YUMA, Ariz. — Bruce Sutter or Jack Morris? Dan Quisenberry or Rick Sutcliffe?
Baseball fans could argue forever the relative value of reliever versus starting pitcher. Is it more important to have a player who can save 40 games a year or to have a starter who can win 20?
It so happens the Padres have a left-hander named Dave Dravecky who just might have the ability to do both. Not in the same year, of course. They would have to add a new wing to the Hall of Fame for that kind of double achievement.
Dravecky may not ever approach the statistical levels reached by stars such as Sutter of the Atlanta Braves and Morris of the Detroit Tigers, simply because the Padres can't decide which role he is best suited for, starting or relieving. Actually, they can't even figure out if he's better in short or long relief.
It must be frustrating for Dravecky to live this double life, right? After all, this looms as his third season of shuttling between the starting rotation and the bullpen at the whim of Manager Dick Williams.
Well, if it is, indeed, tearing Dravecky apart, he is doing a masterful job of concealment.
"I love this game so much, I'm willing to do whatever it takes," he said. "I'd like to establish myself one way or the other eventually, but I don't see it as a problem right now. My arm can handle both jobs."
He can handle both jobs head-wise, too, as Kurt Bevacqua might say.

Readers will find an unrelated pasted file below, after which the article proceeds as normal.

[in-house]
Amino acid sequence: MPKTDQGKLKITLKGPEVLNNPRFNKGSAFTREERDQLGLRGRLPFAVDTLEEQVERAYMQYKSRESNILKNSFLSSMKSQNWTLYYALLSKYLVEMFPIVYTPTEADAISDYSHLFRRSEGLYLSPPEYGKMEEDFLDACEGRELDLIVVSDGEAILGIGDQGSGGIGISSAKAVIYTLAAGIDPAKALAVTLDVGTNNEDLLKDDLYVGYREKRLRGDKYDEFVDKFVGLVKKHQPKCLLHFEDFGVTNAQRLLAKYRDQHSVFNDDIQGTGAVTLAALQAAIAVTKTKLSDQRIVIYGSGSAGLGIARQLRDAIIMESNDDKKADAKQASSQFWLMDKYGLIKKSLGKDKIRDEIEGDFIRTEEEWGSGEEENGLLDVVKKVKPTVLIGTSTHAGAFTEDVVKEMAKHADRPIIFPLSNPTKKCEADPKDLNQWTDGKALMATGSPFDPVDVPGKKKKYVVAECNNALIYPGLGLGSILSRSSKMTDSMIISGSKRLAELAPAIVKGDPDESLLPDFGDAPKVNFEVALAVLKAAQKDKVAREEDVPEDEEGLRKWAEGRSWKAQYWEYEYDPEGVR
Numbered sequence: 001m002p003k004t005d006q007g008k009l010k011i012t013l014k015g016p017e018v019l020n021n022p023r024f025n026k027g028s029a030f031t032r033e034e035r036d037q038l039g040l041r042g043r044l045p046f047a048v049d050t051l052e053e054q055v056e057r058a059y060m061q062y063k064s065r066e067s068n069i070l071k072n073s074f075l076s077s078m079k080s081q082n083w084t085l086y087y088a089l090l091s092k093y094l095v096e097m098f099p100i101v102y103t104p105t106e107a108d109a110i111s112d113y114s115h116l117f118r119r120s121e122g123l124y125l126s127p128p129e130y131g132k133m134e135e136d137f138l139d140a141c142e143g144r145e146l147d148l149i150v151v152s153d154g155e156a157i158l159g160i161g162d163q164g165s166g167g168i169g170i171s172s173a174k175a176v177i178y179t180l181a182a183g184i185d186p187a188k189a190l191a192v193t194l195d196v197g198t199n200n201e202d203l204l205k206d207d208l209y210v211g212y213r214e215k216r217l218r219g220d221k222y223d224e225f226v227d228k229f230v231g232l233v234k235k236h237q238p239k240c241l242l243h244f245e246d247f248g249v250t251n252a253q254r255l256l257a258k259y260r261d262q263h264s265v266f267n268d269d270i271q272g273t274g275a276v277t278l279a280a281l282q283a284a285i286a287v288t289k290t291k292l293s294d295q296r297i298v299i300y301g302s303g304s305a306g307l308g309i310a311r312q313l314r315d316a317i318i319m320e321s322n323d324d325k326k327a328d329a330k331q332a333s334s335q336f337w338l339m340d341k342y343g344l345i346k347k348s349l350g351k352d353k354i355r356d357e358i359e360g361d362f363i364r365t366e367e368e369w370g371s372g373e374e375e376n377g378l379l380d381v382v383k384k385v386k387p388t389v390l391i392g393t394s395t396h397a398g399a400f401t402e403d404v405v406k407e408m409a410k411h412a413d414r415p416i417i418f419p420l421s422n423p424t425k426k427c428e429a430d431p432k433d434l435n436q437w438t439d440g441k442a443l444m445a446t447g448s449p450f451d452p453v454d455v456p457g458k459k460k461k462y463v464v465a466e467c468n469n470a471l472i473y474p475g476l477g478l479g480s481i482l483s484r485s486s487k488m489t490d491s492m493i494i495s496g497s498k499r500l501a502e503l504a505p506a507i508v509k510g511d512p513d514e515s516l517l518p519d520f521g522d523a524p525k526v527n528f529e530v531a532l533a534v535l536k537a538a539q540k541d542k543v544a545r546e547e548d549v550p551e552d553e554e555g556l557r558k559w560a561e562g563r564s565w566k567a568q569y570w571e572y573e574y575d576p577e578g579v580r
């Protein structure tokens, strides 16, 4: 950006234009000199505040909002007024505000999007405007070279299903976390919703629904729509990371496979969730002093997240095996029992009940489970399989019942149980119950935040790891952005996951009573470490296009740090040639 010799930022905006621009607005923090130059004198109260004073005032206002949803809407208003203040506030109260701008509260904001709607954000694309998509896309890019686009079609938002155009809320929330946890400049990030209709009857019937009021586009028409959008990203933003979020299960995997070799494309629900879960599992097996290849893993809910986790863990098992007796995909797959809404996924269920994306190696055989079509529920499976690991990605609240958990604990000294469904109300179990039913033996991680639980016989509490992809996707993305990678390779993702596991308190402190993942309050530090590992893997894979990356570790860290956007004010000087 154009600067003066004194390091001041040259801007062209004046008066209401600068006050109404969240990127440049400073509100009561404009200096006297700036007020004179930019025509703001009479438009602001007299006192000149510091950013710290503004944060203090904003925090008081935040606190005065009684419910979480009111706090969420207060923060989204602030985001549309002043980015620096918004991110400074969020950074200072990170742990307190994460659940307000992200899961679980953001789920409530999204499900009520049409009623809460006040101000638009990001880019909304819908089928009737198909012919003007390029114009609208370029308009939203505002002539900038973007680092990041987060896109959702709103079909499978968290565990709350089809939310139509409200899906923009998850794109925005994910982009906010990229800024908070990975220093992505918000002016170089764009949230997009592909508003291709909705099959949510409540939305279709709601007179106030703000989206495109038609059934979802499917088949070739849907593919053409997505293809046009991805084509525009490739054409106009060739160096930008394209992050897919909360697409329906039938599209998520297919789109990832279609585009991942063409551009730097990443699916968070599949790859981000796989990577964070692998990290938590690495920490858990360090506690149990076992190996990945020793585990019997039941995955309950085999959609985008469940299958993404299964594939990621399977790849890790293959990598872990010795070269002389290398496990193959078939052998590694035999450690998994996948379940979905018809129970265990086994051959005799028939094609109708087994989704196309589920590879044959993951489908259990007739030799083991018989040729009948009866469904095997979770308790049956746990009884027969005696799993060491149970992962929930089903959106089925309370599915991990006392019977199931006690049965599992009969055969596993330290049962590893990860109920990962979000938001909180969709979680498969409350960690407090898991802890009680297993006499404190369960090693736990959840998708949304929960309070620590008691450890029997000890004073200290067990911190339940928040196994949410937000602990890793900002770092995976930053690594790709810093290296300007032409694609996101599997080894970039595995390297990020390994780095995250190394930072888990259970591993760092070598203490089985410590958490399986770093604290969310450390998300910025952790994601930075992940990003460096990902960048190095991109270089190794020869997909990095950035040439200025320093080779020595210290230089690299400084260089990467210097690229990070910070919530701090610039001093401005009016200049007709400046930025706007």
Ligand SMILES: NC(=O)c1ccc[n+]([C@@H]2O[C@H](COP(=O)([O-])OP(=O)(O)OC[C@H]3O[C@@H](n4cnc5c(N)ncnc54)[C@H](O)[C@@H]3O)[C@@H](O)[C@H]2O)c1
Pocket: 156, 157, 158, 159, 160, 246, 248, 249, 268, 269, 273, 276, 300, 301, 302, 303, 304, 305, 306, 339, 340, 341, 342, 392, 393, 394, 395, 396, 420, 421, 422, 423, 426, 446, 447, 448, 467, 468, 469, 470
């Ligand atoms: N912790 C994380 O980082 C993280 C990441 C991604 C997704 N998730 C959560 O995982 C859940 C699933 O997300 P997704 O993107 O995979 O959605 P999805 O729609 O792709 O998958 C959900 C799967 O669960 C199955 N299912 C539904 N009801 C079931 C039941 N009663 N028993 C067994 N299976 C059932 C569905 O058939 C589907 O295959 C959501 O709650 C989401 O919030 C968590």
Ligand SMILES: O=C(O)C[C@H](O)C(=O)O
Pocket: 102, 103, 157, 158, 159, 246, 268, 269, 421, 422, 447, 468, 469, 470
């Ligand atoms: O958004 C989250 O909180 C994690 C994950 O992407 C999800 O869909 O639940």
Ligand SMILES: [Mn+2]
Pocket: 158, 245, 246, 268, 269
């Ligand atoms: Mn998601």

After his 14-10 record in 1983, Dravecky was 9-8 with a 2.93 earned-run average last year, appearing in 36 games as a reliever and 14 as a starter. He was used strictly in relief in the postseason and did not permit a run in 10 innings.
This year, Williams plans to put him in the bullpen to start the season. Maybe. No decisions will be made until the end of spring training.
Dravecky is preparing himself for both worlds.
"I really can't think of anyone else who is in this position," Dravecky said. "I can't say I favor one role over the other. There's something unique about each.
"I like the pressure of relief, the do-or-die situation with men on base. On the other hand, I also like starting and trying to hold the other team scoreless for nine innings, or as long as possible."
Dravecky is experimenting with a new pitch this spring, the split-fingered fastball, the pitch favored by Sutter and Morris.
"I need an offspeed pitch to go with my fastball and slider," Dravecky said. "I hope I will be able to break it out during the regular season, but I still need some work with it."
Dravecky said he thinks he is going to pitch a pretty good game one of these days. But he hasn't done it yet, at least not in his mind.
"People ask what was the best game I ever pitched," he said. "Well, I've never had a best game. It hasn't happened yet. But I think it will, as long as I give 150%."
For the Draveckys of the world, the guys who just can't make up their mind, Sinatra should record a new version of his standard. "I did it both ways."
Alan Wiggins singled home Al Bumbry with one out and the bases loaded in the 10th inning to give the Padres an 8-7 win over the Giants Friday. It was San Francisco's sixth straight loss. The winds had subsided somewhat from the zephyr-level that prevailed the night before. The Giants' Atlee Hammaker, in his longest stint since suffering an arm injury two years ago, stopped the Padres on one run through six innings before a three-run rally in the seventh. The Giants got five runs and six hits off San Diego starter Andy Hawkins . . . Dave Dravecky will be the starter in today's game against the Cleveland Indians. LaMarr Hoyt will work Sunday against the Milwaukee Brewers . . . Luis DeLeon, struck above the hip by a line drive two days ago, threw without pain on the sidelines Friday.